Things have been going pretty well for the Yankees lately and this season in general. One bright spot has been the pitching of Joba Chamberlain. Sure, he’s had some frustrating outings, but considering his age, he’s showing that he has the ability to be a front-end starter. So what’s the problem you ask? Well, according the Wallace Matthews, the Yankees “coddling of Joba is out of control.” With a headline like that, surely they must have shut Joba down for the rest of the year. Wait – they’re only pushing back his last couple of starts by a few days? Is this really worthy of outrage?
Let’s look at some low-points:
[...] and right now, it sure looks like the only thing that can stop them [the Yankees] is injuries.
But no one can stop injuries, not even the Yankees, despite their silly plan to restrict Chamberlain’s total regular-season innings to 160, which means from here on, he will pitch once a week, or less.
So – only injuries can stop the Yankees now, but they shouldn’t be cautious regarding injuries. Brilliant.
Absolutely injuries can be prevented. Why do you think players wear helmets? Sure, innings limits aren’t quite as obvious a form of protection as a helmet is, but same idea.
The logic is quite simple. Say that I decide I want to start throwing a baseball and I want to be able to go outside and throw it 100 times and not wake up sore the next day – and mind you I haven’t thrown a baseball consistently in years. What should I probably do? Go out and throw it like 10 times. Then next time out? A little bit more. Isn’t this obvious? And are innings-limits that much different? You don’t want a pitcher to throw an obscene amount more than he did the previous year.
Matthews then sites a bunch of pitchers who have had high workloads early in their careers and turned out fine – which is really the equivalent of me saying “well my grandfather smoked cigarettes for 60 years and was fine so obviously they can’t hurt you.” (Interesting though that he lists Justin Verlander, whose terrible year last year was almost certainly a product of his overuse. And what about his teammate Jeremy Bonderman? I could go on, but you get the point.)
Perhaps my favorite line though:
So much for scientific “studies.” If a guy is going to get hurt, he’s going to get hurt, and no amount of coddling is going to prevent it, because at some point, they all have to go out on the field and play.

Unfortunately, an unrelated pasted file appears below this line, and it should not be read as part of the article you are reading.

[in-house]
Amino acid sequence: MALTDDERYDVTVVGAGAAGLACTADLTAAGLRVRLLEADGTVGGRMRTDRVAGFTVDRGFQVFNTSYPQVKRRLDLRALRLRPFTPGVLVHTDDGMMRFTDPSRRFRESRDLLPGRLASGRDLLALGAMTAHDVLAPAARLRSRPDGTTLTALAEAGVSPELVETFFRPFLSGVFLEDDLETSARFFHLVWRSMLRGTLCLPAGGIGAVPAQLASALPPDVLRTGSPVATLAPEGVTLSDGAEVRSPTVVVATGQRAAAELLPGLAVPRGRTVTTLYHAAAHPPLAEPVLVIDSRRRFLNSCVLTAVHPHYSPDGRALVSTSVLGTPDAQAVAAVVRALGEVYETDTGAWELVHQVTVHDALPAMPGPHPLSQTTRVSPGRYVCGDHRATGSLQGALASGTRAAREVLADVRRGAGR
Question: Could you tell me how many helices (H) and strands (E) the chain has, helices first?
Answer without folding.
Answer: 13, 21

I love how studies gets the scare quotes, like these studies aren’t real. Listen – people who are much smarter than you have conducted these studies and there is a tremendous amount of money on the line.
And since when did baseball turn into Greek tragedy, where a player cannot avoid his divine fate? Hey, ya know what, I’m going to hop in my car and drive 120 mph down the highway without wearing a seat-belt. And I’m gonna remove all my mirrors first. I mean, come on, if I’m gonna get injured in a car accident, it’s going to happen no matter what I do.
So this article is obviously stupid enough, but you know what it’s lacking? An older baseball player who can be outraged about “numbers” and “science” changing the game. Oh, thanks Bob Klapisch and Tom Seaver.
I don’t care enough about what Tom Seaver says to go through this article extensively, but it does provide this gem:
Seaver says Chamberlain will never acquire a warrior-ethos if he’s coddled in his early years.
The Yankees inadvertently are teaching Joba to fear innings, which will only make him soft in the future.
How will Joba succeed if he never acquires his warrior-ethos? If he doesn’t become a warrior, he’ll never be able to properly wield his +5 battle axe and lead his army to victory. Oh wait, wrong game. So what the hell is a warrior-ethos? Oh, right – nothing.
And speaking of nothing – let’s not teach Joba to fear “innings.” He’ll just sit in the dugout, quivering, refusing to take the mound. “I can’t go out there – that’s an inning! I’m terrified of innings!”
How about we worry about him being afraid of real things? Like throwing the ball over the plate for strike 1, which seems to be the only real thing holding him back right now from being an elite starter.